Could you assist in the identification of a marine shell I found recently on a beach on the North Island of New Zealand? This is a modern shell, found alongside large numbers of other shells which had been washed up and deposited on a very gently sloping wide sandy beach. Most of the other shells were marine bivalves, but there were also occasional remains of crab carapaces, and some gastropods. I have attached images of the organism in question.
This fairly thin-shelled organism consits of a single coiled shell of approximately 12-15mm diameter. It is externally quite smooth and lacks ornamentation. The coiling is perfectly planispiral and evolute. The shell is divided into chambers by septa, and the final septum can be clearly seen. It has a septal neck, through which a siphuncle presumably passed. The septal neck is not central, but close to the inner edge of the whorl.
I have ruled out the possibility of it being a nautiloid because of the style of coiling and position of the siphuncle. Also, I believe it not to be a gastropod because of the chambered shell.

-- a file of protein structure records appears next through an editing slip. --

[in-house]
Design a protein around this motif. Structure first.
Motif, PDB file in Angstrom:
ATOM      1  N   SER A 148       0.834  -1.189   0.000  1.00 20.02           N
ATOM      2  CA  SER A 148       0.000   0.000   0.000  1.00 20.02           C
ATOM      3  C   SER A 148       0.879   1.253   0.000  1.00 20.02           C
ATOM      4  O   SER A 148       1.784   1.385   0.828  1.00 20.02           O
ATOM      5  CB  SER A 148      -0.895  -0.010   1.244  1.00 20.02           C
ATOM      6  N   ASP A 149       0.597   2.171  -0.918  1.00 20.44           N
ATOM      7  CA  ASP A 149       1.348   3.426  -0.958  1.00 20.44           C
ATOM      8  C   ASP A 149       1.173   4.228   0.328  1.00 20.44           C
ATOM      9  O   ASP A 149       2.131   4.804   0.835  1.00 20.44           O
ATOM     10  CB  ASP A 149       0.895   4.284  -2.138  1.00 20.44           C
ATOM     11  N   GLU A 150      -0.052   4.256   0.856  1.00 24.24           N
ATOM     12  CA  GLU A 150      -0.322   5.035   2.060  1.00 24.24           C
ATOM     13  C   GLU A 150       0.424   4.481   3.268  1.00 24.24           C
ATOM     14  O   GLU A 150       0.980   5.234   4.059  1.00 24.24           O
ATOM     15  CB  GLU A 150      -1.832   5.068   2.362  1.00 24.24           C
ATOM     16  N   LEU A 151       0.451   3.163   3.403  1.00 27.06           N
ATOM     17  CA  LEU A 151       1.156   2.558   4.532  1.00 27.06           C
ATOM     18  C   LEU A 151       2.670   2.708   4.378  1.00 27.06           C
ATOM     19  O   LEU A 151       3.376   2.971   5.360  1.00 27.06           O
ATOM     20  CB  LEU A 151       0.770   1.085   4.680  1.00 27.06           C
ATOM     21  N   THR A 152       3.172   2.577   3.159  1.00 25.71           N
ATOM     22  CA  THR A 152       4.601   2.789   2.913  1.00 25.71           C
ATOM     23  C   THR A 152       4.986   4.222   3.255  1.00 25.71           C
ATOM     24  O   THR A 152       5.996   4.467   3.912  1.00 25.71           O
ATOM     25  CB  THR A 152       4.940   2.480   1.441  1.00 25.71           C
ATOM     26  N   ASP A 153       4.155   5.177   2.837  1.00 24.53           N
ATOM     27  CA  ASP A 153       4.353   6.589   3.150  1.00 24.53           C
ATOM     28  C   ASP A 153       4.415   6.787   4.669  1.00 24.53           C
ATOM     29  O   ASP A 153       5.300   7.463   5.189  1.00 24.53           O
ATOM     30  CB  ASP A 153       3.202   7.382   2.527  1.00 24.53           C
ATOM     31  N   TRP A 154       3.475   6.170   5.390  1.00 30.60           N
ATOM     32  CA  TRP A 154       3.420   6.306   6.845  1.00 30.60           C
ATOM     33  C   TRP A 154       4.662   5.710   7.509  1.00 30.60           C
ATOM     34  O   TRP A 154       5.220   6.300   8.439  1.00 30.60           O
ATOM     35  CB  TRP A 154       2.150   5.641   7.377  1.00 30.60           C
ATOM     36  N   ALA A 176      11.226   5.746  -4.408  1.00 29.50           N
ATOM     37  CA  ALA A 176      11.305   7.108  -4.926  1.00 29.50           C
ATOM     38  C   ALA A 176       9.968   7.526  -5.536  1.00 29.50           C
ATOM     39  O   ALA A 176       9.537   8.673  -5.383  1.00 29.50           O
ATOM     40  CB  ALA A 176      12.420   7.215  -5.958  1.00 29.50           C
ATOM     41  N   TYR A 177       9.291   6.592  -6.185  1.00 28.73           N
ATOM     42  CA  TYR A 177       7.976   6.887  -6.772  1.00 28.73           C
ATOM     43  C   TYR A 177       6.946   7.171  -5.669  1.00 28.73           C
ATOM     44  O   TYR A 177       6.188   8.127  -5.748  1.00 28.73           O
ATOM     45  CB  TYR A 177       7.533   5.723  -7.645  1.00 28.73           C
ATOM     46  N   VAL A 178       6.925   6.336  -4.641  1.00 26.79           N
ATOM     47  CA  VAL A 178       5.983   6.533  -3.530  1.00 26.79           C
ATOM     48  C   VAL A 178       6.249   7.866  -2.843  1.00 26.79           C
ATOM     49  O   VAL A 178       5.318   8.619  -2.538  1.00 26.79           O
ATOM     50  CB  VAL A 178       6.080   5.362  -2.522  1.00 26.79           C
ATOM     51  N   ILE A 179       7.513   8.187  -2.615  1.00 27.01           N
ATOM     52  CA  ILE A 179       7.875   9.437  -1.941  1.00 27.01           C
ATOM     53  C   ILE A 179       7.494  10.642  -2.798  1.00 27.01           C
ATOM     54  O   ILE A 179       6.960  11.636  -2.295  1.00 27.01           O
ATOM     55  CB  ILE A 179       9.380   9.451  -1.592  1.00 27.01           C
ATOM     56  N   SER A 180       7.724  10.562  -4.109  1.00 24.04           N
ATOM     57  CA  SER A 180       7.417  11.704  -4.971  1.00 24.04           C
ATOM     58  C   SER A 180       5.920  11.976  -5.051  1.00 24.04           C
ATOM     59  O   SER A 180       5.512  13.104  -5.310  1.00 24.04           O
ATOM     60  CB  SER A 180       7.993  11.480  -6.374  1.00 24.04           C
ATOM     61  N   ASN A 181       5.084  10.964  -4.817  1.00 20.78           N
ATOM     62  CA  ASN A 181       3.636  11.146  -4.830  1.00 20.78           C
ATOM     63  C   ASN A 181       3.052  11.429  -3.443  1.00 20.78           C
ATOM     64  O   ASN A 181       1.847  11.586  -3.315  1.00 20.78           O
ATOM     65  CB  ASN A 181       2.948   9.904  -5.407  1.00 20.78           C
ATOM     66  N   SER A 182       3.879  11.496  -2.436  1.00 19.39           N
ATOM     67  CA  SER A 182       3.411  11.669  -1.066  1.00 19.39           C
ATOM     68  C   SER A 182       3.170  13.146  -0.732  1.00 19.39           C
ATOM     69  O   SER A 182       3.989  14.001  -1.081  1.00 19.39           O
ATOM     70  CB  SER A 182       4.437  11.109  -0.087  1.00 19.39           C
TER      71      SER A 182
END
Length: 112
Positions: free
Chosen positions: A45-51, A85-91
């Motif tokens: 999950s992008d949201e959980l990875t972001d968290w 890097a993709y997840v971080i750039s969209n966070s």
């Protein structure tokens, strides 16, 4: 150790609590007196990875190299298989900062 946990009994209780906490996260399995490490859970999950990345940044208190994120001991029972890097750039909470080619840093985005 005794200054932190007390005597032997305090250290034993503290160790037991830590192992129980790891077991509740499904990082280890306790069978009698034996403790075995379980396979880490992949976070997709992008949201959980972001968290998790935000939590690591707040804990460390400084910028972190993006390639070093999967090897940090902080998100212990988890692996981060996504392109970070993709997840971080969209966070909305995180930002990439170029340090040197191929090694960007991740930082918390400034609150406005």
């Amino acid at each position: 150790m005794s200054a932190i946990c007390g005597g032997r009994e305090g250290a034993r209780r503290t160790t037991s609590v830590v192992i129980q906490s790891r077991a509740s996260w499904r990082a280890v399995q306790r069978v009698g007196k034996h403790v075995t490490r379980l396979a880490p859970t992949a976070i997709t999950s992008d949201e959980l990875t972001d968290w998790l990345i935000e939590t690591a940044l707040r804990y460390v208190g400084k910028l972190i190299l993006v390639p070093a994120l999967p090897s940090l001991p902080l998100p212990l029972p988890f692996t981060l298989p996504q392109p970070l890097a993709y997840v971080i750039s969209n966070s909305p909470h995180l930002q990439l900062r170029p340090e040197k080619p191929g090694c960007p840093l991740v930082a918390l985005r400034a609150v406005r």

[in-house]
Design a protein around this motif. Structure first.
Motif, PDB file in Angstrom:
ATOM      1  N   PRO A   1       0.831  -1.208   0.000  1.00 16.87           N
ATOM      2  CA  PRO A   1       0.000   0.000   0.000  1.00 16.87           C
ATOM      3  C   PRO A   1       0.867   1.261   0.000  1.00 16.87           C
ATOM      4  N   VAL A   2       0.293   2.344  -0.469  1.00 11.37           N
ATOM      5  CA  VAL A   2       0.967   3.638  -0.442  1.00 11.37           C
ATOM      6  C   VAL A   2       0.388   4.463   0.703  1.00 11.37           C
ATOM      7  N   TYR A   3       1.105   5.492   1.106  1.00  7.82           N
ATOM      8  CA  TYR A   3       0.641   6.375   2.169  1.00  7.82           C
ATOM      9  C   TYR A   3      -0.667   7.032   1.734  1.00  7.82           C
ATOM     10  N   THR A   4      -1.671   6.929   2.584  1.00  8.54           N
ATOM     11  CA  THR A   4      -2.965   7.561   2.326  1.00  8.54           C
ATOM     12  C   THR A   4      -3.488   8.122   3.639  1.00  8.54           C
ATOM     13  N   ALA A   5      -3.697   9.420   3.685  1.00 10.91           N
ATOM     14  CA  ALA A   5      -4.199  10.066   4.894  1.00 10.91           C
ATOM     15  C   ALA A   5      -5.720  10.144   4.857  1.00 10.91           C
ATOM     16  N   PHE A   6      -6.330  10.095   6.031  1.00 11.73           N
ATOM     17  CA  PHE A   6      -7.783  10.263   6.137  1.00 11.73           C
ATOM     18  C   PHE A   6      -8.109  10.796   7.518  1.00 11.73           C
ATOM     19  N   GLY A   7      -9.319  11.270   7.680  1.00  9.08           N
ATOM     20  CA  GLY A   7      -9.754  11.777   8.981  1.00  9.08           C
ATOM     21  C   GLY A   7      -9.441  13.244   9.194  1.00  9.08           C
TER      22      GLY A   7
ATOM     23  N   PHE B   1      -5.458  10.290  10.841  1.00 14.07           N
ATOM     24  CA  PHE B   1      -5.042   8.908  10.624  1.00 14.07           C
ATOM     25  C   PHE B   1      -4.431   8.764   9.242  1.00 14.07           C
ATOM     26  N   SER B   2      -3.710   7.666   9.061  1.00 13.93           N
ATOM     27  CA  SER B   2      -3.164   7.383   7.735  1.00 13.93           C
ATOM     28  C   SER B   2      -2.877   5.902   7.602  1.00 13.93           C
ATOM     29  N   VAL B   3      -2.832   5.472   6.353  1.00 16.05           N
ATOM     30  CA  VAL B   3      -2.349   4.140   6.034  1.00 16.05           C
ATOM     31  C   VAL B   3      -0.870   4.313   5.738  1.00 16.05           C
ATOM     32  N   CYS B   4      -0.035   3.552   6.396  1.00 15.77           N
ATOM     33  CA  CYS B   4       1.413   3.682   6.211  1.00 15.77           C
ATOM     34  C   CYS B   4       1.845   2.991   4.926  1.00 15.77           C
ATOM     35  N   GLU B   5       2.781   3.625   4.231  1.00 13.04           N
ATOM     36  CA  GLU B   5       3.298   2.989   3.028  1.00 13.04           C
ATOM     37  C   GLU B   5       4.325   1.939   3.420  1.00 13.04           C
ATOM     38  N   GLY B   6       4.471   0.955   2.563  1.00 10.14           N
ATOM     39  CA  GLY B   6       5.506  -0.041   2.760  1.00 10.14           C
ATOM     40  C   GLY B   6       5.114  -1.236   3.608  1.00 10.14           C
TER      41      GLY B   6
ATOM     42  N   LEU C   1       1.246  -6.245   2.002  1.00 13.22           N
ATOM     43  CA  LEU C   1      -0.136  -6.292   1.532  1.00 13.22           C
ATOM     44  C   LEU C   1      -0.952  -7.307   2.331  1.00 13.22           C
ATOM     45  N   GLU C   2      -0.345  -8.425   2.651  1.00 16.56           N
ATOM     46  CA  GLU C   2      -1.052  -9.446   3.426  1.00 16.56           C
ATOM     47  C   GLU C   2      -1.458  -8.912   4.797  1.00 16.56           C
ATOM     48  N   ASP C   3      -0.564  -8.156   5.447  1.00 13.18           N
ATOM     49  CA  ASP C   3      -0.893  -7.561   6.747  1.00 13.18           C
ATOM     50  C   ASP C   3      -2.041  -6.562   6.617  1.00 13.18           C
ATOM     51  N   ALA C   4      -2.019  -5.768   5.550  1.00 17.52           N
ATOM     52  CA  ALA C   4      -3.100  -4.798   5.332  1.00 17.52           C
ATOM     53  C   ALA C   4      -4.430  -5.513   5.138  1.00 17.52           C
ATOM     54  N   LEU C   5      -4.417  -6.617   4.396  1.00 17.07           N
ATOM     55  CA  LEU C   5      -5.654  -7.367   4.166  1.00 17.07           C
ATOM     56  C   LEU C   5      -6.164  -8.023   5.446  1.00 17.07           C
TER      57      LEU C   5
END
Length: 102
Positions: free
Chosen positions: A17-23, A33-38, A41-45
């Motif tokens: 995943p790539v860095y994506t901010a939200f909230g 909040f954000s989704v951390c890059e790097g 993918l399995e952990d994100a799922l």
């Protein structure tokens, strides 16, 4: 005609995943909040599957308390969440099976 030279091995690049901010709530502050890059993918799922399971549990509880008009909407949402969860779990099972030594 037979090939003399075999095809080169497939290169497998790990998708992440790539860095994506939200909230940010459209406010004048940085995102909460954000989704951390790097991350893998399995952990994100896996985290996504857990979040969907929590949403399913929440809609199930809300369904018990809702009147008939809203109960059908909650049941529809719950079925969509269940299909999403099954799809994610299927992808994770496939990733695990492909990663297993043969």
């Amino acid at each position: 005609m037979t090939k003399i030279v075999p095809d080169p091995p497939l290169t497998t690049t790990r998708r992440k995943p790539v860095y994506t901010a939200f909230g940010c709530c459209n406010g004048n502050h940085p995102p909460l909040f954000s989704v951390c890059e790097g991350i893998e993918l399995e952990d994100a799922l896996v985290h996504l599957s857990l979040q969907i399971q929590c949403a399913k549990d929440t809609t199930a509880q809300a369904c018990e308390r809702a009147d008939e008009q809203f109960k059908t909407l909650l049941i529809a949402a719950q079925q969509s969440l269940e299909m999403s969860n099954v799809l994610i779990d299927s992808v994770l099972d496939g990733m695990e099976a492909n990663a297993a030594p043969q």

Can you assist in this matter? I taught geology for more than 30 years and have not previously encountered a present-day organism such as this. There is a superficial resemblence to an ammonoid, but of course these all died out at the end of the Creataceous Period.
This looks like a Common Spirula (Spirula spirula), which as you suggested is a cephalopod. More info here:
I hope this helps.
Nice to see somebody taking the trouble to downsize their photos before posting - thank you Alan.
PS. Good photos, too.
It not only looks EXACTLY like Spirula spirula; there's no alternative; see Tolweb http://tolweb.org/Spirulida/19989 , & click spirulida on RHS; which says order spirulida has only 1 living species (as indeed Wikipedia says). See also http://animaldiversity.ummz.umich.edu/accounts/Spirula_spirula/ See also EOL http://eol.org/pages/450457/overview . The chances of all 3 failing to mention an exact lookalike must be slim.(see also http://www.nhm.ac.uk/natureplus/message/24099#24099 ) (it was called a 'cuttlefish' in the 1996 collins seashore of brit. & Europe)